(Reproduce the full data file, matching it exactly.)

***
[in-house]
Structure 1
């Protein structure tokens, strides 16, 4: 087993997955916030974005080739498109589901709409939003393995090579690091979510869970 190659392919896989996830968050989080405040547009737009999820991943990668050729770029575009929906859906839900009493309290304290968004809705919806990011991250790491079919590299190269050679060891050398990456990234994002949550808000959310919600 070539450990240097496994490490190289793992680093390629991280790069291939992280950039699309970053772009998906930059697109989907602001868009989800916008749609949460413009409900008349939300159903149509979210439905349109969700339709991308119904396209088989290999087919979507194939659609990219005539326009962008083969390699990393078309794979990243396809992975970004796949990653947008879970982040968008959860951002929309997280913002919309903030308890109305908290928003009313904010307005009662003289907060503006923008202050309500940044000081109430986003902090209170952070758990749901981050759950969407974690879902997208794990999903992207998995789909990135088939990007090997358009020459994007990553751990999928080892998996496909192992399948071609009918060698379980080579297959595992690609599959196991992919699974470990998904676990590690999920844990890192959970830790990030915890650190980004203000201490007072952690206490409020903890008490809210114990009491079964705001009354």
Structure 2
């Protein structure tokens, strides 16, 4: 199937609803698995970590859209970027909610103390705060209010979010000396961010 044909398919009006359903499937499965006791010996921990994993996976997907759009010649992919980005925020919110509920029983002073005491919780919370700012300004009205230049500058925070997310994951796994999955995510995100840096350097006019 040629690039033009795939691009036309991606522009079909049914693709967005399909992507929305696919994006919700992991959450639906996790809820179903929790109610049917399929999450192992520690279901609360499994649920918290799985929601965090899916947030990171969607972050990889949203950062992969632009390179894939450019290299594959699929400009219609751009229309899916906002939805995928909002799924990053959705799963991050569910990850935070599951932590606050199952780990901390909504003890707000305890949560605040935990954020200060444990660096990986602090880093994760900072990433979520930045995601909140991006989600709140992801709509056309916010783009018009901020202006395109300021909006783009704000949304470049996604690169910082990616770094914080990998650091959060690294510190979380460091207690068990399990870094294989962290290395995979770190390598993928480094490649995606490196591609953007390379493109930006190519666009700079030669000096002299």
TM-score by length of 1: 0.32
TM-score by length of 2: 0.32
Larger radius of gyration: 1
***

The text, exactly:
[in-house]
Structure 1
């Protein structure tokens, strides 16, 4: 087993997955916030974005080739498109589901709409939003393995090579690091979510869970 190659392919896989996830968050989080405040547009737009999820991943990668050729770029575009929906859906839900009493309290304290968004809705919806990011991250790491079919590299190269050679060891050398990456990234994002949550808000959310919600 070539450990240097496994490490190289793992680093390629991280790069291939992280950039699309970053772009998906930059697109989907602001868009989800916008749609949460413009409900008349939300159903149509979210439905349109969700339709991308119904396209088989290999087919979507194939659609990219005539326009962008083969390699990393078309794979990243396809992975970004796949990653947008879970982040968008959860951002929309997280913002919309903030308890109305908290928003009313904010307005009662003289907060503006923008202050309500940044000081109430986003902090209170952070758990749901981050759950969407974690879902997208794990999903992207998995789909990135088939990007090997358009020459994007990553751990999928080892998996496909192992399948071609009918060698379980080579297959595992690609599959196991992919699974470990998904676990590690999920844990890192959970830790990030915890650190980004203000201490007072952690206490409020903890008490809210114990009491079964705001009354």
Structure 2
């Protein structure tokens, strides 16, 4: 199937609803698995970590859209970027909610103390705060209010979010000396961010 044909398919009006359903499937499965006791010996921990994993996976997907759009010649992919980005925020919110509920029983002073005491919780919370700012300004009205230049500058925070997310994951796994999955995510995100840096350097006019 040629690039033009795939691009036309991606522009079909049914693709967005399909992507929305696919994006919700992991959450639906996790809820179903929790109610049917399929999450192992520690279901609360499994649920918290799985929601965090899916947030990171969607972050990889949203950062992969632009390179894939450019290299594959699929400009219609751009229309899916906002939805995928909002799924990053959705799963991050569910990850935070599951932590606050199952780990901390909504003890707000305890949560605040935990954020200060444990660096990986602090880093994760900072990433979520930045995601909140991006989600709140992801709509056309916010783009018009901020202006395109300021909006783009704000949304470049996604690169910082990616770094914080990998650091959060690294510190979380460091207690068990399990870094294989962290290395995979770190390598993928480094490649995606490196591609953007390379493109930006190519666009700079030669000096002299």
TM-score by length of 1: 0.32
TM-score by length of 2: 0.32
Larger radius of gyration: 1